What’s the best way to evaluate a major league bullpen? There’s not really an obvious answer in the way that I would go to WAR or wRC+ for hitters, or FIP or xFIP for starting pitchers. It sure as hell isn’t wins, obviously. ERA really doesn’t work there, either, as we saw just a few days ago when Brian Wilson was atrocious and the runs were all charged to Hyun-jin Ryu. It’s not saves, which exclude most of the non-closing relievers, and it’s absolutely not the horribly flawed “blown saves,” which put setup men in the position of only being able to blow a save, not attain one.
I think part of it is that relievers tend to be in situations that seem like they impact the game so much more than other players, are; that is, when a starter gives up a run in their first inning, it’s generally not a huge deal, especially if they’re fine for the next six or seven innings. If a reliever does, it’s often a disaster. People want game situation context in their reliever value, even if that’s somewhat unfair, in the same way that success with runners in scoring position for hitters is neither a predictable nor repeatable skill. (“Shut up,” say the 2014 Cardinals.)
Still, no one would argue that the Dodger bullpen has been good, and you can’t just throw up your hands and say that no stat captures it correctly. I suppose I’d lean towards two . First, there’s WAR, which isn’t perfect here, partially because it’s a counting stat and not every bullpen has the same number of innings thrown, but is at least directionally accurate, and isn’t a good look for the Dodgers:
If you prefer something more context-based, I also like “shutdowns” and “meltdowns,” FanGraphs creations that that credit or demerit a reliever if they add (or cost) six percent win probability, no matter what inning it comes in, which puts closers and non-closers on an even scale. (A fuller description here.) The Dodgers have the 17th most shutdowns; they have the 12th most meltdowns. But in terms of net shutdowns, or how many more shutdowns a team has than they do meltdowns, that’s not necessarily great for the Dodgers either:
This is, of course, not what we expected from a bullpen that came into the season with:
— One of the four or five best closers in the game in Kenley Jansen
— A formerly great closer coming off a wonderful end to 2013 who other teams wanted as their closer, Brian Wilson
— A solidly effective lefty in J.P. Howell
— Two young talents with big league success in Chris Withrow & Paco Rodriguez
— Two former All-Stars who needed merely to hold down low-leverage setup roles in Chris Perez & Brandon League
— An ageless utility reliever who seemed to be getting better as he got older in Jamey Wright
— Young talent in Triple-A just waiting for a chance in Jose Dominguez and Yimi Garcia
And… it just hasn’t been working, for a variety of reasons. Wilson was injured and has mostly been terrible, as we all wait to hear that he’s been pitching with a bad arm. Withrow missed plenty of bats but couldn’t find the plate before blowing out his elbow. We’ve discussed Jansen’s issues (or non-issues, depending on your perspective) endlessly. (Spoiler alert: He’s still awesome.) Rodriguez has been in Triple-A for the last month, and while he’s missed bats, his walk rate is concerning. Perez has been a disappointment by metrics both old and new; Wright has just sort of been there, rarely terrible or great, to the point that I have just about no immediate memory of anything he’s done at all, and now that the rotation is at full strength, Paul Maholm has found his way to the bullpen as well.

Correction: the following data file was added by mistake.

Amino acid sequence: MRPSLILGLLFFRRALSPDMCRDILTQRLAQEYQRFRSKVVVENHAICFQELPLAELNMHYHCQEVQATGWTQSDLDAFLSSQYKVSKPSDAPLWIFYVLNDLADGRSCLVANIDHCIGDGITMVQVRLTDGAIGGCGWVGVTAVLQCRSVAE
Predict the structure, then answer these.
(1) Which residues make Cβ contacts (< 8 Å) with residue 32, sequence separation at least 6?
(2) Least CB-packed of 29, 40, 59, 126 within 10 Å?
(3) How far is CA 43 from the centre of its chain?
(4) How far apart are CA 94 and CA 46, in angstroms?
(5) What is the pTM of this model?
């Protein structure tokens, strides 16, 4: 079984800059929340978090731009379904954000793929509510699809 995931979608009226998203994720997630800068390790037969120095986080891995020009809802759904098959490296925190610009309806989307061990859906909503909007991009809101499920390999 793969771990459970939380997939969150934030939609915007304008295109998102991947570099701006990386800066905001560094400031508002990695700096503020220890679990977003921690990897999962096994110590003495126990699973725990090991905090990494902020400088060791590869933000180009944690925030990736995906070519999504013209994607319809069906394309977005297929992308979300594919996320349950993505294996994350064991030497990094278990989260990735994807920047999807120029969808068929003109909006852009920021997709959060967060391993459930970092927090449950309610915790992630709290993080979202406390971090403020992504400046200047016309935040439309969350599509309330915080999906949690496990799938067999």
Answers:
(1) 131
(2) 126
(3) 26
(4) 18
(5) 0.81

It hasn’t been all bad, of course. Howell has generally been outstanding, and League, last night’s misstep aside, has actually been a nice rebound story after last year’s disaster, but overall, things aren’t getting better. In March/April, the bullpen had a 3.35 FIP; in May, it’s 4.26. Unfortunately, this is going to end up being more a recap of what’s happened than it is a prescription for how to fix it, because there aren’t obvious solutions. One would hope that with a healthier rotation than what we’ve seen to date, when Clayton Kershaw & Ryu both missed time and Maholm, Red Patterson, and Stephen Fife had to fill in, will help with longer starts and less bullpen abuse. (Only two teams have thrown more bullpen innings.)
If Wilson needs a disabled list stint, I’m fine with that. If Perez or Maholm gets DFA’d, I’m totally fine with that. (People lump Wright into that, but there’s no need to, especially since he can go multiple innings.) It’s just that a shakeup for the sake of a shakeup isn’t usually a great idea. Everyone wants Rodriguez back because of how great he was for 80 percent of last year, but he was awful in September, mediocre in April, and hasn’t necessarily been stellar in Triple-A. (With the usual “small sample, Albuquerque” caveats attached.) Colt Hynes continues to have a great K/BB, but as Chris Jackson constantly reminds me, that comes wrapped around a lot of loud hits. Dominguez’ arm is intriguing, but he’s also walked 10 in just 14.1 Triple-A innings, and for a bullpen that already has the majors’ second-highest walk percentage, that’s not something you want to add.
Maybe we will see Garcia soon, who has been seemingly very good — warning, totally scouting the stat line, which is almost always dumb, and I’ve never seen him pitch — for the Isotopes. But really, my worry here is the same as yours; that if things don’t improve, Ned Colletti is going to end up trading Zach Lee or Chris Reed or someone potentially useful for Fernando Rodney or Tommy Hunter or Hector Rondon or whoever this year’s Octavio Dotel is going to be. For the sake both of winning ballgames now and ensuring something dumb doesn’t happen later, this bullpen really needs to step it up. The rest of this roster isn’t perfect, but this is clearly the biggest sore spot on the team right now.